“We can handle New York City on our own,” I told my mother. “Michele and I don’t require supervision.”
Everyone thought she was nuts, but after Mom made sure we had enough money in our pockets, she let us go by ourselves, my sister and I, to discover New York alone.
We got lost twice, which is part of the process. A homeless lady helped us the first time, we gave her a dollar for her troubles; the other time we asked an uninterested subway attendant who didn’t lift a finger to help except when he finally pointed at the map on the wall.
We figured it out.
Chinatown to haggle over the price of a fake watch. Greenwich Village to scrounge thrift stores for bargains, where I finally found the perfect peace symbol to sew on the back of my jean jacket. It was at the bottom of a box labeled “Pennies for Peace.”
The clerk had dreadlocks.
The World Trade Center to walk around the lobby and make fun of suits who worked there. CBGB was out…Michele didn’t have ID and I wasn’t that kind of sister.
We wandered back alleys and avoided well-lit areas where we’d run into cousins shopping for designer clothes. Getting tipsy off the tiramisu at Grand Ticino was a lot more fun.
Battery Park to sit and watch people. Crazy people. Interesting people.
A guy yelling at his girlfriend.
It wasn’t your usual yelling, like at the beach when couples fought over who was staring too long at who in a bathing suit. This yelling was serious, man. This yelling was about walls.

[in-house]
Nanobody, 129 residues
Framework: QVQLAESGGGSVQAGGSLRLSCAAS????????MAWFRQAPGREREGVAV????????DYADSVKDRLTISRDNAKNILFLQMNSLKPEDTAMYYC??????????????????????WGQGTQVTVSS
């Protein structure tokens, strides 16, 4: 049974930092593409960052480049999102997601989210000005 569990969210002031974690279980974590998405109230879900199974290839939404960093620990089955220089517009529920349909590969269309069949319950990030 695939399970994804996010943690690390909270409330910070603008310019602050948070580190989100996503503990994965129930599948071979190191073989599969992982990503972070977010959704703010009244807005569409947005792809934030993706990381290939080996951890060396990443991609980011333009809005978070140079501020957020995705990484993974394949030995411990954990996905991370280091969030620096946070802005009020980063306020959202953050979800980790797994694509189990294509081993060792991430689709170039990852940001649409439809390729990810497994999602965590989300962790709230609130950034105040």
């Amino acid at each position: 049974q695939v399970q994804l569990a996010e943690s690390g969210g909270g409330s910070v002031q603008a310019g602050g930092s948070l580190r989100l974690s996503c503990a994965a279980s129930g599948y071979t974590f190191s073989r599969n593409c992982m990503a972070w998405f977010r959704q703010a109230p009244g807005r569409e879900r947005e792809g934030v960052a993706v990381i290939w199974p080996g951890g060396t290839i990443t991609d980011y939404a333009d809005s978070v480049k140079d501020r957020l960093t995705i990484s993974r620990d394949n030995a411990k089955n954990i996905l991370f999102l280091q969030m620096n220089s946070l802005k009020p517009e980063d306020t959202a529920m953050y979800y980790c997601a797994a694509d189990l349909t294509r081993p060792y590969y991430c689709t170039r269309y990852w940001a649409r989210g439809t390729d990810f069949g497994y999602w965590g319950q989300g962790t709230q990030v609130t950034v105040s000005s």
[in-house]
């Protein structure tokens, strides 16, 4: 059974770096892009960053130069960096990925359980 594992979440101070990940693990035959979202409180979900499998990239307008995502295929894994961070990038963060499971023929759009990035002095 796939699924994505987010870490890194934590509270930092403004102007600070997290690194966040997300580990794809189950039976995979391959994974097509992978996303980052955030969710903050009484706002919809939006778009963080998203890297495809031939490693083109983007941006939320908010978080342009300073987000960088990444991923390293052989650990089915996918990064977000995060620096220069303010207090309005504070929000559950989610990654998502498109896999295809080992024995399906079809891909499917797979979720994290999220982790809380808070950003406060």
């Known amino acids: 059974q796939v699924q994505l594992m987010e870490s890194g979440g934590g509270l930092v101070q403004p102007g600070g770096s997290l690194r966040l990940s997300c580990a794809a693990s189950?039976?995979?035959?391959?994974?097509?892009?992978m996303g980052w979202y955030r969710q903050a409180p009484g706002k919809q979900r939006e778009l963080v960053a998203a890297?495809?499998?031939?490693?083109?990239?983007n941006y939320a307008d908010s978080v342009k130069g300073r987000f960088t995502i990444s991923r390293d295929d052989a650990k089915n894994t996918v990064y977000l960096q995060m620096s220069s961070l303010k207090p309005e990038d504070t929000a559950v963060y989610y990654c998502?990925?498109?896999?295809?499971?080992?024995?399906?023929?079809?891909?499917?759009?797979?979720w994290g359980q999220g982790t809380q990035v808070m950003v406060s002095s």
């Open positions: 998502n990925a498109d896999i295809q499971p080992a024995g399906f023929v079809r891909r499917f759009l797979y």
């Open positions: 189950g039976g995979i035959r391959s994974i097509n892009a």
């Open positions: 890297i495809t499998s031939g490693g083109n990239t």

“Shut the fuck up, Roy,” Amy said.
She was tired of his shit.
“Walls are for the timid and weak,” Roy told her, while I pretended to read The Village Voice. “It doesn’t mean you’re tough. Doesn’t mean you’re strong. It means you’re fragile. Look at East Berlin. You think they’re strong? They’re not. THAT’S WHY THEY NEED THE WALL, AMY.”
Amy didn’t get Roy.
“Why would I want to tear down your fucking walls?” he asked. “I prefer strong women who have the confidence to be kind. This rude routine is transparent and tells me I have the capacity to hurt you. That I’m the strong one. That you have to protect yourself and that’s some fragile fucking self-esteem Amy.”
Amy wasn’t listening. She was hauling ass in the opposite direction.
“That’s a hell of a message, Amy! Are you serious? People without walls are the strong ones, they say COME AND GET ME YOU CAN’T POSSIBLY DESTROY ME. They’re genuine. FUCK your walls.”
I wanted to follow Roy. No doubt he was going to some thought-provoking poetry slam. Or a dive bar.
Michele shook her head and wondered how we came out of the same uterus.
On our flight home, I tried smiling instead of scowling. The attendant upgraded our tickets to first class. We ate a steak dinner with real silverware and drank out of real glasses for free. I felt good and strong.
It wasn’t because of the steak.